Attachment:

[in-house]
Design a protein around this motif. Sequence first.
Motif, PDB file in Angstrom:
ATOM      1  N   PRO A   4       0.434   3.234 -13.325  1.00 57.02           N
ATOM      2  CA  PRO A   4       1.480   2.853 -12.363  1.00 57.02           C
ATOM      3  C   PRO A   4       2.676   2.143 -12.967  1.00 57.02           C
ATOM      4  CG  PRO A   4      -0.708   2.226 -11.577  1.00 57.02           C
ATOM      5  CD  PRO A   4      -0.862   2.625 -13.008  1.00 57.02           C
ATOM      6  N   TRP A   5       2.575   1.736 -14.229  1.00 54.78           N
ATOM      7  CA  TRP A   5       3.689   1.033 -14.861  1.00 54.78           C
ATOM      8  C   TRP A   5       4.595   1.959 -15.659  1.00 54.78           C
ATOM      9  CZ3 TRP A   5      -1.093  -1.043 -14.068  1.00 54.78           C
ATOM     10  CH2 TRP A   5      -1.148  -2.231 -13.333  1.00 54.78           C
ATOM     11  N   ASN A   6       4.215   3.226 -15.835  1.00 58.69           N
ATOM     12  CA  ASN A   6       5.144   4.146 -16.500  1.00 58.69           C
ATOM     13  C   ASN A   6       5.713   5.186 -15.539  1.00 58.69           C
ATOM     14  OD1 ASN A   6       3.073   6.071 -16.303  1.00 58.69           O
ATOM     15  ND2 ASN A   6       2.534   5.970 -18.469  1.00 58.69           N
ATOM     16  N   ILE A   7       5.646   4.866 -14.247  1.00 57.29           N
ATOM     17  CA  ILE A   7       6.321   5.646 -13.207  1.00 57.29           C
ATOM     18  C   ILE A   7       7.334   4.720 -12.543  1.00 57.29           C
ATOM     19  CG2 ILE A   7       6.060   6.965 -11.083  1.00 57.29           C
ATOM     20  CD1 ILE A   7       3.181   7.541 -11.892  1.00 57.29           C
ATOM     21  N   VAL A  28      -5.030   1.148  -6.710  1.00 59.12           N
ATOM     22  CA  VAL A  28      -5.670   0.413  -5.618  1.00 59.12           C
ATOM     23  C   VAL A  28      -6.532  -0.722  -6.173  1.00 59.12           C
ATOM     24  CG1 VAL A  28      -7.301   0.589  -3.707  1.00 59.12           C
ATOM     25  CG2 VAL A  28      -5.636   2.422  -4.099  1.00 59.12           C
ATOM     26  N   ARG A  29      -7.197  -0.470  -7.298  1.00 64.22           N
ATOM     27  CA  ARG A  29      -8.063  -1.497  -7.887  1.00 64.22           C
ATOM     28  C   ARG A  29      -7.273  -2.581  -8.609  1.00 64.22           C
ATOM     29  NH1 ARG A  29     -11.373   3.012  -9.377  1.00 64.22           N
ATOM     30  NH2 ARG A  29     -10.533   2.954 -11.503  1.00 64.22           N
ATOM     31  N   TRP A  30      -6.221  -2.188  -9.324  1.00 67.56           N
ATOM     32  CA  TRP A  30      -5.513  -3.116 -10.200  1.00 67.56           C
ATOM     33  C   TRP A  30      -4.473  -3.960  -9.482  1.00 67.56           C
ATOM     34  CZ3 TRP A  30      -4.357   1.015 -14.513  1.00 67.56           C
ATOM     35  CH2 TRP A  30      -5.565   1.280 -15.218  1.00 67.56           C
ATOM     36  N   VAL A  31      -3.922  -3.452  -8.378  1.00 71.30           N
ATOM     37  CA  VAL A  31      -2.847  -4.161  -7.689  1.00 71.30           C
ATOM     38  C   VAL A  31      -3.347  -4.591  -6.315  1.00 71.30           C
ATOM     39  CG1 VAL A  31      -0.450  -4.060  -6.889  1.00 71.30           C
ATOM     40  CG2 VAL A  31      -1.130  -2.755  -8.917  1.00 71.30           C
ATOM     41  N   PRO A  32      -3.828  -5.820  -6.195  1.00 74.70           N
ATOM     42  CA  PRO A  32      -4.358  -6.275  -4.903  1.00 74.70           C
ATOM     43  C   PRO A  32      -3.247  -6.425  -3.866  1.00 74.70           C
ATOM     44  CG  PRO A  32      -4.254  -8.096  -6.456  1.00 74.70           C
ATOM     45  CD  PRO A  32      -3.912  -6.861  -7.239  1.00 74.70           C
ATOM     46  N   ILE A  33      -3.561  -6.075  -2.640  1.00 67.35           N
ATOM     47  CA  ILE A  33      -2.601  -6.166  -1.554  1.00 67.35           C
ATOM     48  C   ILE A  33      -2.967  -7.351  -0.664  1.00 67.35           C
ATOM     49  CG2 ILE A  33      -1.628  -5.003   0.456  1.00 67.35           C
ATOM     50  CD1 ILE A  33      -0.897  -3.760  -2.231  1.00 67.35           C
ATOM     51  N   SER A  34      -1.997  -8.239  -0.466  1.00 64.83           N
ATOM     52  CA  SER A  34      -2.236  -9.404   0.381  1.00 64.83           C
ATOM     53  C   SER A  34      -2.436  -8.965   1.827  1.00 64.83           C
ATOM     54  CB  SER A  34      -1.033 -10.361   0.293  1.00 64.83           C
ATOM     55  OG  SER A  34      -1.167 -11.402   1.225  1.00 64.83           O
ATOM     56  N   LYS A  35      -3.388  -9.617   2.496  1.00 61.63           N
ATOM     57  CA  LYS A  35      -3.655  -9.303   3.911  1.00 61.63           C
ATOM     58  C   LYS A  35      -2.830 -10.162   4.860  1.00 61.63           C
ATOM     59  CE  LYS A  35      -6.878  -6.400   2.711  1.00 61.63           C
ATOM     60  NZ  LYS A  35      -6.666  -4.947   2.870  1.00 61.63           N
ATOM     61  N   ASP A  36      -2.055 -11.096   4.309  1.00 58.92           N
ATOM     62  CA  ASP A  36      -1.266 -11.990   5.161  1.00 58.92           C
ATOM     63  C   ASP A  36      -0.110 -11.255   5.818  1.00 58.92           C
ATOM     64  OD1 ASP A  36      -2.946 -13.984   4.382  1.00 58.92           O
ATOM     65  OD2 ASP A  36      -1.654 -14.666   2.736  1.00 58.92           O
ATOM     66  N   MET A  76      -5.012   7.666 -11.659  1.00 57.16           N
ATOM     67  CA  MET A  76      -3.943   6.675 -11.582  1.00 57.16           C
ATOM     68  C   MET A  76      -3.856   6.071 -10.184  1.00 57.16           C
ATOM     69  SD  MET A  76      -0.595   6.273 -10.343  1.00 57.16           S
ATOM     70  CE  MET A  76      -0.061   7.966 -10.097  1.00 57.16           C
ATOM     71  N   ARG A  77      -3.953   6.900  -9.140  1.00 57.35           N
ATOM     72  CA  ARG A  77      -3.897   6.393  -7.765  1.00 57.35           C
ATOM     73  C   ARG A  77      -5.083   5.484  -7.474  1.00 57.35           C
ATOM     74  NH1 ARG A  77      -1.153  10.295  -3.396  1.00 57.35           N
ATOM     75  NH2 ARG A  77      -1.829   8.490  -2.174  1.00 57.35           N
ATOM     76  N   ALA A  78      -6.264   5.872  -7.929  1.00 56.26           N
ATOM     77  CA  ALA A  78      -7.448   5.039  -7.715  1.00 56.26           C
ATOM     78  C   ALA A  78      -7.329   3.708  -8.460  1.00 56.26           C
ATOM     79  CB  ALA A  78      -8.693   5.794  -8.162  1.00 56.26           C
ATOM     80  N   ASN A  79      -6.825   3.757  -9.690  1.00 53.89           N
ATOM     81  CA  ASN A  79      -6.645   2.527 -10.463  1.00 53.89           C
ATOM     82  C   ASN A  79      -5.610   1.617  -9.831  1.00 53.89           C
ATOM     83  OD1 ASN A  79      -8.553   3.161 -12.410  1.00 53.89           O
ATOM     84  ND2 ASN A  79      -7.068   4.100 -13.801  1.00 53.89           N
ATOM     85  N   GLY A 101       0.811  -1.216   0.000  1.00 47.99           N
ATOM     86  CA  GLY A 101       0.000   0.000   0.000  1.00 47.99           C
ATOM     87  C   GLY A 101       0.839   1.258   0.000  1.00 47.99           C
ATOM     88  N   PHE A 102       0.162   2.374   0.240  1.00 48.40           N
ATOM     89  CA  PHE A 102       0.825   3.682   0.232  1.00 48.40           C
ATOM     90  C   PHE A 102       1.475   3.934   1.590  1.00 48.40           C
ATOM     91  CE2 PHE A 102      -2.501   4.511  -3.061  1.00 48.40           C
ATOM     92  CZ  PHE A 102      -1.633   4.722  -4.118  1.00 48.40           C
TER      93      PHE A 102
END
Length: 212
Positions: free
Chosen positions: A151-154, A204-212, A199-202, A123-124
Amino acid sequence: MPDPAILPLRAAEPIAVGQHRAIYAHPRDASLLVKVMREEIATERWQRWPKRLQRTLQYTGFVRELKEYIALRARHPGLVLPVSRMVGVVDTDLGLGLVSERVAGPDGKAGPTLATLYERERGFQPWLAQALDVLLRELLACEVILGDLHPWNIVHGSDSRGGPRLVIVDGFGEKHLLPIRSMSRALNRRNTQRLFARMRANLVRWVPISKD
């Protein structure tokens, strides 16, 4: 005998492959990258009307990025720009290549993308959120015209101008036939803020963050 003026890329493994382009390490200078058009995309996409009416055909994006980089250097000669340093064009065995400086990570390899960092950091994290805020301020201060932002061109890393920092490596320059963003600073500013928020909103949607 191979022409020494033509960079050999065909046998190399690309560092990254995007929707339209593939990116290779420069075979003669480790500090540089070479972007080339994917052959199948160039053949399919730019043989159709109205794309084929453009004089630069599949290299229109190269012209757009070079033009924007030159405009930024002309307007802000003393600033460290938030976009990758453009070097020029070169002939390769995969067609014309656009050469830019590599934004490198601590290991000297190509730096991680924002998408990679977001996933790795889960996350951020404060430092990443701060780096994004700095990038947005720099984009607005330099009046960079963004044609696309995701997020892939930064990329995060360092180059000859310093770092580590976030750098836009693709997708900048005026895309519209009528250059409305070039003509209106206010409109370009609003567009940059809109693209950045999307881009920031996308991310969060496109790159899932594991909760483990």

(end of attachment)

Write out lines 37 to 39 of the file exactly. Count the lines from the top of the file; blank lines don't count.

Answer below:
ATOM     34  CZ3 TRP A  30      -4.357   1.015 -14.513  1.00 67.56           C
ATOM     35  CH2 TRP A  30      -5.565   1.280 -15.218  1.00 67.56           C
ATOM     36  N   VAL A  31      -3.922  -3.452  -8.378  1.00 71.30           N